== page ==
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  5. My grandma couldn't remember my name because of dementia. It really hurt even though I know it wasn't her fault.

My grandma couldn't remember my name because of dementia. It really hurt even though I know it wasn't her fault.

Nandini Maharaj   

My grandma couldn't remember my name because of dementia. It really hurt even though I know it wasn't her fault.
  • I've had mixed feelings about my uncommon name my entire life.
  • My grandma had dementia and despite me visiting her regularly, she forgot my name.

I've always had mixed feelings about having an uncommon name. My name means "daughter who brings joy" and is the female version of my dad's name, Anand.

It has three syllables, which I have to repeat whenever I meet someone. What I didn't count on was having to sound out these syllables to my grandma.

When I was 16, my grandma started to forget things like turning off the stove and mistaking sugar for salt. Eventually, she lost interest in reading Harlequin romance novels and watching back-to-back episodes of "Wheel of Fortune" and "Jeopardy."

She stared off into the distance as the nightly news filled our living room. The woman who helped name me and raise me seemed to be disappearing, her matronly frame thinning along with the silvery hair she effortlessly swept into a bun.

Dementia is anything but normal

An estimated five million people are said to be living with dementia, and the CDC expects this number to reach 14 million by 2060. Dementia isn't a specific disease but rather a set of symptoms that includes a loss of memory, language, cognition, and problem-solving and interferes with daily routines.

There are several causes of dementia, but the most common one is Alzheimer's disease. Memory loss is one of the earliest symptoms of dementia and is often noticed first by other people besides the affected individual.

While it's not unusual to forget things as you get older, the type of cognitive and mental decline that's seen in people with dementia is not a normal part of aging. Along with cognitive changes, family members may notice psychological changes as well.

In my grandma's case, she seemed to lose interest in activities she once enjoyed. As her symptoms worsened, she became increasingly confused and agitated, only giving one-word answers to questions.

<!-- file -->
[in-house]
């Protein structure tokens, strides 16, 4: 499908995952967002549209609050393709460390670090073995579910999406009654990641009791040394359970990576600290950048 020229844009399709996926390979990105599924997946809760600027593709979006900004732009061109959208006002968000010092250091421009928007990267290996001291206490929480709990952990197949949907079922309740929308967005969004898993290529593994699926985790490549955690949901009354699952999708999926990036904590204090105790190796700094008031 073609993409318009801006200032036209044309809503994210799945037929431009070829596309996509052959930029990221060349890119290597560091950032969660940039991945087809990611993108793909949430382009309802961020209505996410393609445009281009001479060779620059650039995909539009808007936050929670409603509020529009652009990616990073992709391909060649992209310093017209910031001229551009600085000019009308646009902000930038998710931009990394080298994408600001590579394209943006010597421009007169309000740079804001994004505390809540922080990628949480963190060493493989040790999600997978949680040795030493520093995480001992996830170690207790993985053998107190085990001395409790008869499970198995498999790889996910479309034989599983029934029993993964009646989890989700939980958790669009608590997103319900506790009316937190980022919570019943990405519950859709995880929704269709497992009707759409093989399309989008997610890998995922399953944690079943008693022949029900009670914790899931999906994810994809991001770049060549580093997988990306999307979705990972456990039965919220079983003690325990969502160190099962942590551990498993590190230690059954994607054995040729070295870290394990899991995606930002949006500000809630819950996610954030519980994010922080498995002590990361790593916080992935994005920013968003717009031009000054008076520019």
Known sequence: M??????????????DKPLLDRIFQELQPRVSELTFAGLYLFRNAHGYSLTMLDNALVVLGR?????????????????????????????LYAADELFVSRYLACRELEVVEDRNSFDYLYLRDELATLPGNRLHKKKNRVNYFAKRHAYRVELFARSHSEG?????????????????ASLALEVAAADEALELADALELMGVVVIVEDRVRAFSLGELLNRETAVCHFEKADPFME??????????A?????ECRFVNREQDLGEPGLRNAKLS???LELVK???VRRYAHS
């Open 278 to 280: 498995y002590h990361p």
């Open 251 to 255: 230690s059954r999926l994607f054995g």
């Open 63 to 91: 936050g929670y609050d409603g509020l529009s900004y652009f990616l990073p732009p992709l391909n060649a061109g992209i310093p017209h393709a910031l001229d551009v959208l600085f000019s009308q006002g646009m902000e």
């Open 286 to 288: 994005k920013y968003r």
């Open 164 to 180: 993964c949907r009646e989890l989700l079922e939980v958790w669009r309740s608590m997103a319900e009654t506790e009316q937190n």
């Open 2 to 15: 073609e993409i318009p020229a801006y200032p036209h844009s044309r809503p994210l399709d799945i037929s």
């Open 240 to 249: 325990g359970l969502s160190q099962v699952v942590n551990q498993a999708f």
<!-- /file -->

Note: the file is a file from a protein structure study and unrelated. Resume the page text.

Meeting my grandma each week

Despite being the youngest of seven, my mom, a single mother of two, didn't have any help from her sisters with caring for my grandma. Eventually, my mom had to make the difficult decision to move my grandma into a nursing home.

My mom would visit my grandma daily while my sister and I accompanied her on weekends. Each time I saw my grandma, she would accept my embrace.

But her touch felt more like the warmth extended to a friendly acquaintance rather than a child she had known and loved since birth. I would say, "Hi Ma, I'm your granddaughter, Nandini," to which she would nod her head and say, "Yes."

It felt like our roles had switched. Just a few years earlier, it was my grandma asking me if I was hungry and wanted something to eat after school and now, I was asking her what she had eaten for breakfast and if she was warm enough in a cardigan.

The only times our conversations veered from talking about food and the weather were the rare occasions when she asked me about school. "Did you come first in your class?" she asked me one day.

My grandma had a second-grade education and wanted her children and grandchildren to succeed in school. When I graduated at the top of my class in university, I thought back to this moment.

It struck me that, although she couldn't remember my name, she never forgot about the value of getting an education. And she never forgot that she wanted more for her kids.

Despite everything, some memories remain intact

The weekend before my 17th birthday, my grandma was receiving palliative care at a hospital for pneumonia. I went to see her, knowing it would probably be the last time.

The same woman who had greeted me with a hot meal every day after school was now refusing food and water. I watched as my mom tried to cool my grandma's lips and gums with a pink oral swab.

"Hi Ma, it's Nan," I said. This time, she didn't look at me or recognize my voice.

There was no hint of confusion or agitation on her face. Instead, she seemed eerily calm, staring into the distance.

As I held her hand, she reached out and cradled my head in her arms like she had done so many times before. It didn't matter whether she remembered my name or that I was her granddaughter, only that she was a mother comforting a child in pain.

What I remember most about my grandma

My grandma was a masterful cook, seamstress, and gardener — the epitome of a Trinidadian homemaker. She planted plum trees that survived drought and hurricane-level windstorms.

Her skin and the coffee she drank every morning were the color of warm amber. When I came home from school, she sat by the window in her rocking chair.

She bought me the leopard print dress I wore to every birthday and holiday. When my dad died, she became like a second mother.

She died the morning after my 17th birthday. Sometimes, it pains me to relive these memories, but I've learned that grief is the price of loving someone and wishing that the past could be different.

Nandini Maharaj is a freelance writer covering health, wellness, identity, and relationships. She holds a master's degree in counseling and a doctorate in public health.

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